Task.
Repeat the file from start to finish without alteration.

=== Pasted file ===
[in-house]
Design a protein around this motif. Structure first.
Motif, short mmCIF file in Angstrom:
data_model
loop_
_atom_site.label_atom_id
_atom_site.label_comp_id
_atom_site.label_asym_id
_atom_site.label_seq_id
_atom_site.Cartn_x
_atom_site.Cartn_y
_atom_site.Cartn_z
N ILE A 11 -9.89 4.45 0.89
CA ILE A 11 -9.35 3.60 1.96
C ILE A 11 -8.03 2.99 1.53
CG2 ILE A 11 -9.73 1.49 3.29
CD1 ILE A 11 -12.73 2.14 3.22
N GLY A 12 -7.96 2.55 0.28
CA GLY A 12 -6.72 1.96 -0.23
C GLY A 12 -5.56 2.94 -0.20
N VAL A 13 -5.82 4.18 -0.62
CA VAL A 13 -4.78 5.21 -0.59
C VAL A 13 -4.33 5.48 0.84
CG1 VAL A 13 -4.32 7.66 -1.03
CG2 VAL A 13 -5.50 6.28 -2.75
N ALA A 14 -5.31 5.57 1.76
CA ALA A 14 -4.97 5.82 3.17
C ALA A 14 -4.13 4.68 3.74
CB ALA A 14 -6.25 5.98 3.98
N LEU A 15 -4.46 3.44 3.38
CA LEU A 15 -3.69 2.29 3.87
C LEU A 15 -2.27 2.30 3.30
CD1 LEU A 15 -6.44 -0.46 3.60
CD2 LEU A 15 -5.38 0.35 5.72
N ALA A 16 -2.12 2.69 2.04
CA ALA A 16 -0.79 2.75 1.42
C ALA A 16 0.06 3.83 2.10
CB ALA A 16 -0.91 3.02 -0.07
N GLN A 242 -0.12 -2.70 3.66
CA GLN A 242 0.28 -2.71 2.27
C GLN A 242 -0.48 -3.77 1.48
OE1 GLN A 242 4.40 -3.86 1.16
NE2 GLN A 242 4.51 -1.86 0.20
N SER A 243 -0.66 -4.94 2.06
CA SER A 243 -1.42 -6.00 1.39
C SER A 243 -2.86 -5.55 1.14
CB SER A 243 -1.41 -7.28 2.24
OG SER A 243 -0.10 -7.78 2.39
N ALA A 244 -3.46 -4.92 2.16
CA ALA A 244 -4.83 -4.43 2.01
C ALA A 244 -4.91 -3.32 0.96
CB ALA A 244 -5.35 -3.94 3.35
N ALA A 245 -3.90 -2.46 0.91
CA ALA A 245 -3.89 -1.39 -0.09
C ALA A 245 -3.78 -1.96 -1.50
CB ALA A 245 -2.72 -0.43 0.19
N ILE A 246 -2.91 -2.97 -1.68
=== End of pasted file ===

[in-house]
Design a protein around this motif. Structure first.
Motif, short mmCIF file in Angstrom:
data_model
loop_
_atom_site.label_atom_id
_atom_site.label_comp_id
_atom_site.label_asym_id
_atom_site.label_seq_id
_atom_site.Cartn_x
_atom_site.Cartn_y
_atom_site.Cartn_z
N ILE A 11 -9.89 4.45 0.89
CA ILE A 11 -9.35 3.60 1.96
C ILE A 11 -8.03 2.99 1.53
CG2 ILE A 11 -9.73 1.49 3.29
CD1 ILE A 11 -12.73 2.14 3.22
N GLY A 12 -7.96 2.55 0.28
CA GLY A 12 -6.72 1.96 -0.23
C GLY A 12 -5.56 2.94 -0.20
N VAL A 13 -5.82 4.18 -0.62
CA VAL A 13 -4.78 5.21 -0.59
C VAL A 13 -4.33 5.48 0.84
CG1 VAL A 13 -4.32 7.66 -1.03
CG2 VAL A 13 -5.50 6.28 -2.75
N ALA A 14 -5.31 5.57 1.76
CA ALA A 14 -4.97 5.82 3.17
C ALA A 14 -4.13 4.68 3.74
CB ALA A 14 -6.25 5.98 3.98
N LEU A 15 -4.46 3.44 3.38
CA LEU A 15 -3.69 2.29 3.87
C LEU A 15 -2.27 2.30 3.30
CD1 LEU A 15 -6.44 -0.46 3.60
CD2 LEU A 15 -5.38 0.35 5.72
N ALA A 16 -2.12 2.69 2.04
CA ALA A 16 -0.79 2.75 1.42
C ALA A 16 0.06 3.83 2.10
CB ALA A 16 -0.91 3.02 -0.07
N GLN A 242 -0.12 -2.70 3.66
CA GLN A 242 0.28 -2.71 2.27
C GLN A 242 -0.48 -3.77 1.48
OE1 GLN A 242 4.40 -3.86 1.16
NE2 GLN A 242 4.51 -1.86 0.20
N SER A 243 -0.66 -4.94 2.06
CA SER A 243 -1.42 -6.00 1.39
C SER A 243 -2.86 -5.55 1.14
CB SER A 243 -1.41 -7.28 2.24
OG SER A 243 -0.10 -7.78 2.39
N ALA A 244 -3.46 -4.92 2.16
CA ALA A 244 -4.83 -4.43 2.01
C ALA A 244 -4.91 -3.32 0.96
CB ALA A 244 -5.35 -3.94 3.35
N ALA A 245 -3.90 -2.46 0.91
CA ALA A 245 -3.89 -1.39 -0.09
C ALA A 245 -3.78 -1.96 -1.50
CB ALA A 245 -2.72 -0.43 0.19
N ILE A 246 -2.91 -2.97 -1.68